Farmers in irrigated areas such as Polonnaruwa, Ampara and Batticaloa have been asked to use water cautiously. As an initiative to encourage cultivation during drought periods the ministry cultivated paddy on 330,000 ha – this was mostly a success although 20,000 ha was spoiled by drought.

The Disaster Management Centre (DMC) said almost 162,000 families are in hardship because of the drought, mainly in the North-Western, North-Central, Eastern and Northern provinces where only low rainfall is expected in the next two weeks.

The department has so far spent more than Rs. 60 million on drought responses including transporting drinking water to families by a network of 600 water bowsers and supplying 20,000 water tanks.

In the rest of the country the south-west monsoon is bringing landslides, floods and heavy winds that have killed seven people so far and left more than a thousand families in hardship.

While the prevailing heavy winds will not result in cyclonic conditions, wind speeds could increase to 70-80kmph in the Western, Southern, Central, Sabaragamuwa, North-Western and North-Central provinces and in the Trincomalee district, the Meteeorological Department said.
Thunderstorms are expected in the Sabaragamuwa, Central, Western, Southern and North-Western provinces and the public has been warned to avoid injury from lightning strikes.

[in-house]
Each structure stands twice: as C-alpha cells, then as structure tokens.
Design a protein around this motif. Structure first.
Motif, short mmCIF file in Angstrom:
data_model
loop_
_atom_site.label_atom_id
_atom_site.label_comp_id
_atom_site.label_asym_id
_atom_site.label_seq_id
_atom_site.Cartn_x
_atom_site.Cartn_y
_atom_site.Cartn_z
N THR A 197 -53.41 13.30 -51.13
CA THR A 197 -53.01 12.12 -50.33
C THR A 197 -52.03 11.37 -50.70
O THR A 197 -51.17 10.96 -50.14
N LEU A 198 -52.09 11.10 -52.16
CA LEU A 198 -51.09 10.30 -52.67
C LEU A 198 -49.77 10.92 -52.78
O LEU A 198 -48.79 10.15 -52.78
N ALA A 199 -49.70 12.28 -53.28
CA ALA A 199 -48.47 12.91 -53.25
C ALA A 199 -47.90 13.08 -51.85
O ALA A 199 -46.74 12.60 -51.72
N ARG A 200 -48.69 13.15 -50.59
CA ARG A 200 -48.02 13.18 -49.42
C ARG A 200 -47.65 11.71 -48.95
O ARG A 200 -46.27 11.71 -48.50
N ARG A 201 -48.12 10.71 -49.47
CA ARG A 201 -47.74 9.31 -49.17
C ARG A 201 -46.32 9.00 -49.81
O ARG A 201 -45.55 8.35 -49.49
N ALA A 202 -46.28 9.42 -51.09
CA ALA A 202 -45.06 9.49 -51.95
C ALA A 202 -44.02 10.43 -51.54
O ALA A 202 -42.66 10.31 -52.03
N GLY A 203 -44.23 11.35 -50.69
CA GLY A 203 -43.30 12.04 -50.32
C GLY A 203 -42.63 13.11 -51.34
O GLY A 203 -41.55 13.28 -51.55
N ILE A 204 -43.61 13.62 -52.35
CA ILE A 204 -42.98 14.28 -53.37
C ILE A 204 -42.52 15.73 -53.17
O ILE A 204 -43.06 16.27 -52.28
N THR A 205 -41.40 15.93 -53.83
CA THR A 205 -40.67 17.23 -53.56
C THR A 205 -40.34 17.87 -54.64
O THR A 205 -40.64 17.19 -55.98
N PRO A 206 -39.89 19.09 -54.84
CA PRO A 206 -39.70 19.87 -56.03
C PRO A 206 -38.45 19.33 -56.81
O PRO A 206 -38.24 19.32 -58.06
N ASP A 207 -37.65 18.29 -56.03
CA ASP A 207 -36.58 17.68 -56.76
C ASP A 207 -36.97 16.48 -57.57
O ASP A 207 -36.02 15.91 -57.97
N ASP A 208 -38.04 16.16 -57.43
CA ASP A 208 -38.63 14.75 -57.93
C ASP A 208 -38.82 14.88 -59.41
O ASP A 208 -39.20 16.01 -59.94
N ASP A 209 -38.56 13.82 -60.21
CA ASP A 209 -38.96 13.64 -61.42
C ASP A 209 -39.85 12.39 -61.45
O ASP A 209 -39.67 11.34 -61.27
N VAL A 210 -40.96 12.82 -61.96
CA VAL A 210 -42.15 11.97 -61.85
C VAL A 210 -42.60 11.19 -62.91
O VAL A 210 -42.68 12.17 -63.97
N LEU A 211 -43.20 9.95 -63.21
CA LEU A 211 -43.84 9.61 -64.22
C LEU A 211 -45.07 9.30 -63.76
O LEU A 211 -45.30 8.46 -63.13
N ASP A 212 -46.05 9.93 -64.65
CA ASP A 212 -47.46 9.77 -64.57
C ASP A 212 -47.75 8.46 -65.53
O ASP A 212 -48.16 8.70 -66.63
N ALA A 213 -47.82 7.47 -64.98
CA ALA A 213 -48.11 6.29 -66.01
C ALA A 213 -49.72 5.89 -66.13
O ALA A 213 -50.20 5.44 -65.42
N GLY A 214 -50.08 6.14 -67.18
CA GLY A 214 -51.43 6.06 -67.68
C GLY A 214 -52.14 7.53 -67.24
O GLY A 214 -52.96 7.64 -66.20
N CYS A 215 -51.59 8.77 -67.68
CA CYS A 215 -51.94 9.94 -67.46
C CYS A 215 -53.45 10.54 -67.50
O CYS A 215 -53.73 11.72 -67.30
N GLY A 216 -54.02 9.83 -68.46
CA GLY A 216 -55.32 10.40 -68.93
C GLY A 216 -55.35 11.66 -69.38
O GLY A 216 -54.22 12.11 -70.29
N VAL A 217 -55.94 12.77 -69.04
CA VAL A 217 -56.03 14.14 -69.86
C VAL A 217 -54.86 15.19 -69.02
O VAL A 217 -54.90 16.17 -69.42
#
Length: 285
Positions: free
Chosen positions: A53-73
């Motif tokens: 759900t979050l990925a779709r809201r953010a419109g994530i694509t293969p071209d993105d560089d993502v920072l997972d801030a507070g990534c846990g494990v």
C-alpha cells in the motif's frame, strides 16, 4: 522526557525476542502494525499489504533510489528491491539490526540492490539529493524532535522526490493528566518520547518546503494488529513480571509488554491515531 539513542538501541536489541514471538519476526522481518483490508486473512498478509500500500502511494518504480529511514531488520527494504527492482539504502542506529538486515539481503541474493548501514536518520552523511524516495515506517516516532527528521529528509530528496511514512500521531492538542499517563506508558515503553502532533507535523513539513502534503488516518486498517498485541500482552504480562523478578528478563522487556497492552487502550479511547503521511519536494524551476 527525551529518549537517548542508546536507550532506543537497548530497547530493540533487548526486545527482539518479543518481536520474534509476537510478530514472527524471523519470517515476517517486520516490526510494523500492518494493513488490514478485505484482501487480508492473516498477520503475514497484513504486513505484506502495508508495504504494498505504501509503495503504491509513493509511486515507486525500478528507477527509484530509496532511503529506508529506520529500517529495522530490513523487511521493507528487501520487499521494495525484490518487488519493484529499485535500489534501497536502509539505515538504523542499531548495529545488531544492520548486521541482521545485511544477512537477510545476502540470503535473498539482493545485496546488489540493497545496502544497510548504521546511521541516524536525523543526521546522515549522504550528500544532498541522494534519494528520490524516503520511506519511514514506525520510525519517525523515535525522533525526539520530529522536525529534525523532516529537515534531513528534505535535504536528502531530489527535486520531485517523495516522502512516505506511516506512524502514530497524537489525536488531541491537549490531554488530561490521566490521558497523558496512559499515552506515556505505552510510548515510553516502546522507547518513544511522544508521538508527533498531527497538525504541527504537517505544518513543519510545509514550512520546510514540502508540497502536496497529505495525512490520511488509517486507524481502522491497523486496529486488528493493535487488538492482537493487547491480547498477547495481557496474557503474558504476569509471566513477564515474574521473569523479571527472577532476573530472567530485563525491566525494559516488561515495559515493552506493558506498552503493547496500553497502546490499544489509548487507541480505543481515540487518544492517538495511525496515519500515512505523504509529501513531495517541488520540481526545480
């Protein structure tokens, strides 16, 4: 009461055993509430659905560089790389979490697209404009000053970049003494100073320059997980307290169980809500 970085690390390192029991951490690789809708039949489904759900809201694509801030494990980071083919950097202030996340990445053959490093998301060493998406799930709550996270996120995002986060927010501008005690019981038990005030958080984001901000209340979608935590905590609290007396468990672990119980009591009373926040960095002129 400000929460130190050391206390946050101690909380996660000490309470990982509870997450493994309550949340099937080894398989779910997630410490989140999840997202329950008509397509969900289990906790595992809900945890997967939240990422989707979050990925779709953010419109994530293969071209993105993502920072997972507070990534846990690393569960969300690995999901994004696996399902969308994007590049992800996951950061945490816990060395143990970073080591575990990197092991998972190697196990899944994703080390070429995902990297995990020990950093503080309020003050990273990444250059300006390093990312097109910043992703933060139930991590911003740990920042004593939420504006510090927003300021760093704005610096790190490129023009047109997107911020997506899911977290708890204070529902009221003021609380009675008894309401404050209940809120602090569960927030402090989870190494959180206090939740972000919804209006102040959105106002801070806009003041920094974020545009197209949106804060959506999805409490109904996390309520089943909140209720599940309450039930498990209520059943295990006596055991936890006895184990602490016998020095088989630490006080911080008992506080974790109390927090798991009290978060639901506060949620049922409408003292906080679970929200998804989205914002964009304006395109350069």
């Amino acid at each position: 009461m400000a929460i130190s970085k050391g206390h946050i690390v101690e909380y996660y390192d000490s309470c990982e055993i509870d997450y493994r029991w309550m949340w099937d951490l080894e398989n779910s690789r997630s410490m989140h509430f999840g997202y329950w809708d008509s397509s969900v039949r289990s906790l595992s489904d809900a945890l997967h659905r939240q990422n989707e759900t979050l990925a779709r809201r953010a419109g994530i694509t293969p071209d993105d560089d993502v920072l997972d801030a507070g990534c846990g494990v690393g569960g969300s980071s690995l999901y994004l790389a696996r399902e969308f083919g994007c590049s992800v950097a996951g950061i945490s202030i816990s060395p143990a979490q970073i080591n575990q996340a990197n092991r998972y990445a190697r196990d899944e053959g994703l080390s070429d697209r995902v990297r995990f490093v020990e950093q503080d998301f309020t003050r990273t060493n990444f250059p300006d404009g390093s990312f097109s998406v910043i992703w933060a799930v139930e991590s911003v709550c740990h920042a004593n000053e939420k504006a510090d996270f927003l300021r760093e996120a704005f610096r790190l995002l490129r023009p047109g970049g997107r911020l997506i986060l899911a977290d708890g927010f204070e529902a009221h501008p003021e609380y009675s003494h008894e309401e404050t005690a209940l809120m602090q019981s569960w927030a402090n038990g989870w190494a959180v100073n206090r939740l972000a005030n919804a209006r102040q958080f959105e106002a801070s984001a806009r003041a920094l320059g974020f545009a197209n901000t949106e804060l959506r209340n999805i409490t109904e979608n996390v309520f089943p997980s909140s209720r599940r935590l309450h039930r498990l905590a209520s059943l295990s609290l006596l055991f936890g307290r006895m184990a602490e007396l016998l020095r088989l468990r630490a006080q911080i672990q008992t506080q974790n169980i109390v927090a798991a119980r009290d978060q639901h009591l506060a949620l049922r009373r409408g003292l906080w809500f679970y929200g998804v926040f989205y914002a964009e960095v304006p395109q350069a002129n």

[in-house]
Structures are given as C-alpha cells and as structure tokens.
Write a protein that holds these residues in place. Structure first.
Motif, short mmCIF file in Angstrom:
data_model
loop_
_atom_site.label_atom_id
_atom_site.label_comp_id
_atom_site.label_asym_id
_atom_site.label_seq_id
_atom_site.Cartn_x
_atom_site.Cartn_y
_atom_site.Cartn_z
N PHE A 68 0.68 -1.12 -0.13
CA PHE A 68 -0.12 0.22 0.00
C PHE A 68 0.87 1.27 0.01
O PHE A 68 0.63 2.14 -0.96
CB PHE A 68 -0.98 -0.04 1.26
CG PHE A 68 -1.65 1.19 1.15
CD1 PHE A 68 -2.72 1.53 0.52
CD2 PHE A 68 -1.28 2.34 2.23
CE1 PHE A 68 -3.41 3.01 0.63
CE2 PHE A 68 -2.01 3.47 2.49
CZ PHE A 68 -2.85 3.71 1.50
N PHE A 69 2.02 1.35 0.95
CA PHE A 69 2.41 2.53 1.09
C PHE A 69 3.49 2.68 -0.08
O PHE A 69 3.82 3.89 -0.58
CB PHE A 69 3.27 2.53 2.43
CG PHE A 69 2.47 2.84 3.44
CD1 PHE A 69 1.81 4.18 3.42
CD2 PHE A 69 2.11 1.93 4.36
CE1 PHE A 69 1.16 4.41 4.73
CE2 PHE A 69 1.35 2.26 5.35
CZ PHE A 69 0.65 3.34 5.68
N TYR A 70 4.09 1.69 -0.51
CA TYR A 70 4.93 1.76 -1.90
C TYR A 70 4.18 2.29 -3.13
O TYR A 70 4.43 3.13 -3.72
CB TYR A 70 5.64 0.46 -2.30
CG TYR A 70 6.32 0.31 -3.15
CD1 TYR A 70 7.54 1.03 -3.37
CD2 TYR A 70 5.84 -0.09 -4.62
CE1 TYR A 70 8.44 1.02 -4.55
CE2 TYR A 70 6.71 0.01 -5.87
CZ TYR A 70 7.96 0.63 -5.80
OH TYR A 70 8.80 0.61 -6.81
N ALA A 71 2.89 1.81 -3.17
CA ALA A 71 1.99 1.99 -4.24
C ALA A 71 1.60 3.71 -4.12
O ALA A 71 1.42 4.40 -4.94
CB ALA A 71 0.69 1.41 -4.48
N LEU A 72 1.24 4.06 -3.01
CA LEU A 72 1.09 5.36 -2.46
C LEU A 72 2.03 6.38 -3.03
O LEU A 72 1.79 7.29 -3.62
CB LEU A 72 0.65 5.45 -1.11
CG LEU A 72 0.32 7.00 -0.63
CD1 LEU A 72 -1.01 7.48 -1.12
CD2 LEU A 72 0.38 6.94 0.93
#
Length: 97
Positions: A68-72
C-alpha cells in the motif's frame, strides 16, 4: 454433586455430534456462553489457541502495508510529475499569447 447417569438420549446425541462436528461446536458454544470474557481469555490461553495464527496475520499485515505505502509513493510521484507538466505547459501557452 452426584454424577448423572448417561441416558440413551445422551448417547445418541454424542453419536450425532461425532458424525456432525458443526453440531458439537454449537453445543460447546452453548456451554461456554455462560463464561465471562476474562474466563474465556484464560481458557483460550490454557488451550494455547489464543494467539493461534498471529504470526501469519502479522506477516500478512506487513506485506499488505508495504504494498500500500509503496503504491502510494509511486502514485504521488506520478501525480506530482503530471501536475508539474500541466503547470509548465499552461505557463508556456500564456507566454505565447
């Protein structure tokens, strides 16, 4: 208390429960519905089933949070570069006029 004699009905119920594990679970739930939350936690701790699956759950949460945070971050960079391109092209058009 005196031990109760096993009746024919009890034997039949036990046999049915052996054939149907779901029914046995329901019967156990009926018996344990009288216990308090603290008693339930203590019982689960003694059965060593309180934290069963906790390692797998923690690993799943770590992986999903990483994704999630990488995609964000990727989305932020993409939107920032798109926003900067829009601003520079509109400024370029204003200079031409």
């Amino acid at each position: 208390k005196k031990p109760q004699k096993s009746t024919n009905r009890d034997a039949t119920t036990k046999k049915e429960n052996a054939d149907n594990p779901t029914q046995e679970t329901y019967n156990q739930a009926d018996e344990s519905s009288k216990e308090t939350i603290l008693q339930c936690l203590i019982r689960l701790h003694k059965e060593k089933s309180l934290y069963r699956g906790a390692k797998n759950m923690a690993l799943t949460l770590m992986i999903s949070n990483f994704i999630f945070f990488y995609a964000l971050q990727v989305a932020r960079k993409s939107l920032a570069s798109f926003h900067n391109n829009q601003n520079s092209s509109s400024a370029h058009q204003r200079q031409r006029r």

Heavy falls of about 100mm are likely in parts of the Central and Sabaragamuwa provinces. The National Building Research Organisation (NBRO) issued warnings about the risk of landslides, slope failures, rock falls and cutting failures in districts such as Ratnapura, Kandy, Nuwara Eliya, Kegalle, Kalutara, Matara and Galle. Evacuation warnings have been issued to residents in parts of the Ratnapura, Imbulpe, Ambalangoda, Ambagamuwa, Nuwara Eliya, Kotmale and Udapalatha divisional secretariats.
Compensation up to Rs. 2.5 million can be claimed for property damage while Rs. 250,000 can be claimed for loss of life, the DMC advised.

Flood waters in Nuwara Eliya. Pic by Shelton Hettia-rachchi



Karuwalagaswewa: Collecting potable water


Dikovita harbour : Authoritties banned fishermen from going out to sea due to inclement weather. Pic by Amila Gamage

Aruwakkalu Landfill to accept garbage from Puttalam district

Aruwakkalu Landfill to accept garbage from Puttalam

Source – Link

By Disna Mudalige

The Aruwakkalu Sanitary Landfill site will accept garbage collected from all local authorities in the Puttalam district from March 15, Megapolis and Western Development Ministry Secretary Nihal Rupasinghe said.
In the wake of growing ‘hartal’ and other protest campaigns by the area residents with only a month remaining to the commissioning of the landfill, the Ministry Secretary took pains to dispel the doubts and fears harboured against the project.